On UC, Brooks-Wadham sees another opportunity to acquire. “Many businesses need to consider the transition to cloud and UC and absorb the hit to revenues,” he said. “This involves a transformation in approaches to market. It’s not just about the proposition, it’s about the managed services support which, combined with the challenging financial pressures facing many organisations, may produce some interesting acquisition opportunities over the coming months.”

As lockdown eases, the variation of impacts on ICT providers is not altogether measurable now, but will become more apparent further down the line, prompting some to weigh up their options as the full effect emerges over time, believes Brooks-Wadham. “There has not been much carnage in the sector as companies went into lockdown in a relatively good position,” he added. “They are working their way through the first few months, which is the same for most of their customers, with no significant impact of bad debt just yet. It’s going to take longer to occur.”

Employees are now trusted to work remotely and technology is advancing at pace. Put the two together and we have a massive dynamic shift

He stressed that any growth strategy requires a continuing focus, especially in these unprecedented times, with considerations around long-term sustainability becoming ever more critical. “We are talking to different businesses in our own base about what they are looking for from their partners in this new world, to establish the technology they see relevant to them, what they want to buy from partners and who they want to buy from, both now and in the future,” added Brooks-Wadham. “This gives us an overview on how to shape the business. Users want less suppliers, so covering all requirements in one portfolio is an important differentiator.”

To say that shaping future strategy now is absolutely vital would be to understate its importance, according to Brooks-Wadham, because he says the sector is in the midst of a ‘mini-industrial revolution’. “What has happened in the past three months would have taken ten to 15 years to achieve,” he stated. “Employees are now trusted to work remotely and technology is advancing at pace. Put the two together and we have a massive dynamic shift.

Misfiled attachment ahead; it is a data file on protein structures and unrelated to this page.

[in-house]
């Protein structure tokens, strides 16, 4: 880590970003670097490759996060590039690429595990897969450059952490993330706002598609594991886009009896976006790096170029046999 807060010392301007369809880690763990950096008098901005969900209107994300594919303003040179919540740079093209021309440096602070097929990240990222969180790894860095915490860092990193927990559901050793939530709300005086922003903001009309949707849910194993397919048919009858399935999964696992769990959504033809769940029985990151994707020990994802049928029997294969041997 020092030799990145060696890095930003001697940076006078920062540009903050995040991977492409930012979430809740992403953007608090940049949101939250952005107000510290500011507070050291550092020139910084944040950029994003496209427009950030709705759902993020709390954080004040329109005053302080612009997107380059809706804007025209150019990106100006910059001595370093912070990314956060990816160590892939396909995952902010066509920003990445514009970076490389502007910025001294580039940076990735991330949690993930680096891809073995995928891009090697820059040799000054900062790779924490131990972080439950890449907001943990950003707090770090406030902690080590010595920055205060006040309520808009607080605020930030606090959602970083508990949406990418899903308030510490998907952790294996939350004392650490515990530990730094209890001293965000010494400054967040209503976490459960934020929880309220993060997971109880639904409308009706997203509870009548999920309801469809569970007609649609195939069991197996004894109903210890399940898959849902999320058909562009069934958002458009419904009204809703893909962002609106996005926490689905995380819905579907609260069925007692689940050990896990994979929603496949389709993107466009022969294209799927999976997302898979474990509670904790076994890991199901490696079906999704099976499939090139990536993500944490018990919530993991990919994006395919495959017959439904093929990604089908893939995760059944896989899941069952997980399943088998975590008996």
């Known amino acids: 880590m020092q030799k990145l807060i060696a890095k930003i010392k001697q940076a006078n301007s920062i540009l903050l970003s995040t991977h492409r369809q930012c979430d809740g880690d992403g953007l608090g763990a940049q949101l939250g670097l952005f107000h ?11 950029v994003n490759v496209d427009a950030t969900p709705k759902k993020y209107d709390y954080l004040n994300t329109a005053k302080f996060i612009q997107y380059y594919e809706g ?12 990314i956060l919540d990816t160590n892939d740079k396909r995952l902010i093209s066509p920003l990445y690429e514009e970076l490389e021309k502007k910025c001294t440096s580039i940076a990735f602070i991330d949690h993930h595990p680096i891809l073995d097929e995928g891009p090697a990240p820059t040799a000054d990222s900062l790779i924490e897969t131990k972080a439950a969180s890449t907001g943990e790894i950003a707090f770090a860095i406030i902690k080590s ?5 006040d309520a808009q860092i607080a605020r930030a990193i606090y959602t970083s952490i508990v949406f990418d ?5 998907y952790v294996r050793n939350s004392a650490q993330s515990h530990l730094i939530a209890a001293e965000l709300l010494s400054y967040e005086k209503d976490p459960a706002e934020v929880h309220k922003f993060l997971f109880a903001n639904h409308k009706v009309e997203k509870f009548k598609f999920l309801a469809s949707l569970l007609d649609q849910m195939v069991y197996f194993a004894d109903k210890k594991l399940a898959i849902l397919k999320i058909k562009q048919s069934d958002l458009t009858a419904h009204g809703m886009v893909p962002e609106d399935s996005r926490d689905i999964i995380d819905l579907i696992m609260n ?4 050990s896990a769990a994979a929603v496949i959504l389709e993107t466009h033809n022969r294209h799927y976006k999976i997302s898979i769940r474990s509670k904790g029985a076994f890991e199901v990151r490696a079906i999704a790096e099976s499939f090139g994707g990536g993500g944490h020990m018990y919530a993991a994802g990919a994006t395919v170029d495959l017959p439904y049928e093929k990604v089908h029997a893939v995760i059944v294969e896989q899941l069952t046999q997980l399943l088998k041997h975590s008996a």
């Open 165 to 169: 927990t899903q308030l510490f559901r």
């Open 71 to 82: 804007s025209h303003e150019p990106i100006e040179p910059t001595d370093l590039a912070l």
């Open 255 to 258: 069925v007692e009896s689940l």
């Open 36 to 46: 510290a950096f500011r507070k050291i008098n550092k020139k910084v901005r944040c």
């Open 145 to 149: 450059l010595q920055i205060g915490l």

“There will be fundamental change coming out of this, impacting people, habits, ways of doing things – and we have to challenge that. For example, we are reskilling sales staff, developing their abilities to create and build rapport on a video call, to take a consultative approach and get the sales message and proposition across. This requires different skill sets, and therefore demands a re-education process.”

The need to re-learn sales processes became apparent to Brooks-Wadham before most people knew what was coming. “When Covid-19 hit we went into lockdown ourselves before the Government’s instruction,” he said. “We assessed the situation, its potential impact on business lines, and modelled for all eventualities. Three months on we are seeing upticks in parts of the market. Now, it’s very much back to the original plan in terms of growing the business organically and through acquisition, with some tweaks around people, approaches and technology.”

The fusion of Brooks-Wadham’s visionary leadership and empirical approach has set a benchmark for others to follow; and the build out of an impressive senior management team also serves as a marker of the ascent of Charterhouse. The top level recruitment drive came to fruition with the appointments of CFO Joe Roffey, CMO Nadine ter Meulen, Head of People Denisa McKiernan and CRO Richard Betts (who owned Datapulse and Arc Solutions, both sold to Enghouse in 2011).

“This team has deep experience working in big organisations and will be key to helping us identify and integrate great businesses in the future,” added Brooks-Wadham. “A combination of the Charterhouse platform, support from August Equity and our leadership team, along with the full integration of the three businesses, enables us to embark with strength on the next phase of Charterhouse’s growth journey.”